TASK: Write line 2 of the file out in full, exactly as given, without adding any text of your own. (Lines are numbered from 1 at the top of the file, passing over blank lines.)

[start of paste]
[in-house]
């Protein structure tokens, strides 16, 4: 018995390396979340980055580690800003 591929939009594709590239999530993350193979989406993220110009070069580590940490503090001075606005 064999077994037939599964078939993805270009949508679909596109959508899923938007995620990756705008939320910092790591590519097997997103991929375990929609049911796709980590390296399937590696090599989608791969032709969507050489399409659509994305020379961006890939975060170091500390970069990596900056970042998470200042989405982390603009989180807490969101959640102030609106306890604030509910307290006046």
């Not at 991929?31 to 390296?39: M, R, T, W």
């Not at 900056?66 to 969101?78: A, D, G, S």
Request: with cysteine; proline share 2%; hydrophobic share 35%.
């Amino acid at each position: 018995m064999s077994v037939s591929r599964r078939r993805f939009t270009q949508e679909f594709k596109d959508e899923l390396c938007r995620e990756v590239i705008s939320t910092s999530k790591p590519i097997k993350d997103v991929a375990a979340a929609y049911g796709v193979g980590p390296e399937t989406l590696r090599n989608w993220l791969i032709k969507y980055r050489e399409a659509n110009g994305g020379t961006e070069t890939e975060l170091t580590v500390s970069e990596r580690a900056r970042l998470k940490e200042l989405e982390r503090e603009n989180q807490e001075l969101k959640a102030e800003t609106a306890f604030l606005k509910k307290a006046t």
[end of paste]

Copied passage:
């Protein structure tokens, strides 16, 4: 018995390396979340980055580690800003 591929939009594709590239999530993350193979989406993220110009070069580590940490503090001075606005 064999077994037939599964078939993805270009949508679909596109959508899923938007995620990756705008939320910092790591590519097997997103991929375990929609049911796709980590390296399937590696090599989608791969032709969507050489399409659509994305020379961006890939975060170091500390970069990596900056970042998470200042989405982390603009989180807490969101959640102030609106306890604030509910307290006046």